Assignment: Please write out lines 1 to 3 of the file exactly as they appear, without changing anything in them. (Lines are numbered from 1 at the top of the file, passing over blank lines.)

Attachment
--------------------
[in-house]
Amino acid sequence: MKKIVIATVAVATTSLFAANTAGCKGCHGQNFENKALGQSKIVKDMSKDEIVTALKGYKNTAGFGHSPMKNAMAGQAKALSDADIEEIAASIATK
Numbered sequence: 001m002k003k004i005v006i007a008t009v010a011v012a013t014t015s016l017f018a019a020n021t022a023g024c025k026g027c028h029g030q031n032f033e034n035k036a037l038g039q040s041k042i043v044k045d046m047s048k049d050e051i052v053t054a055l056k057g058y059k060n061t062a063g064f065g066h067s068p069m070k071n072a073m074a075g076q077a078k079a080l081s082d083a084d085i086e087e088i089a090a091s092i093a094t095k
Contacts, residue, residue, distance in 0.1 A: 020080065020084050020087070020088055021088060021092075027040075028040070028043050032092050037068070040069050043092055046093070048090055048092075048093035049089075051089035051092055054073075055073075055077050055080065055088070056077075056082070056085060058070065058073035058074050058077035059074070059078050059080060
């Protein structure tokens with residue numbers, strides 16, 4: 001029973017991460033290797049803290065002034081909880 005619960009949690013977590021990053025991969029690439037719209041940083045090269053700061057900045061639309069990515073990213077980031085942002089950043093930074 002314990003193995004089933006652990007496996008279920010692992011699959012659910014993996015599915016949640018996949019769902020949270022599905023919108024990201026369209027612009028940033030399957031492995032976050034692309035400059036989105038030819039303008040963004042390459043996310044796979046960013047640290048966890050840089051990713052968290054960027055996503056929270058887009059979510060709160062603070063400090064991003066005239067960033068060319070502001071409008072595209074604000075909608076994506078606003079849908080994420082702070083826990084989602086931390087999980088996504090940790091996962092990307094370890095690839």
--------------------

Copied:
[in-house]
Amino acid sequence: MKKIVIATVAVATTSLFAANTAGCKGCHGQNFENKALGQSKIVKDMSKDEIVTALKGYKNTAGFGHSPMKNAMAGQAKALSDADIEEIAASIATK
Numbered sequence: 001m002k003k004i005v006i007a008t009v010a011v012a013t014t015s016l017f018a019a020n021t022a023g024c025k026g027c028h029g030q031n032f033e034n035k036a037l038g039q040s041k042i043v044k045d046m047s048k049d050e051i052v053t054a055l056k057g058y059k060n061t062a063g064f065g066h067s068p069m070k071n072a073m074a075g076q077a078k079a080l081s082d083a084d085i086e087e088i089a090a091s092i093a094t095k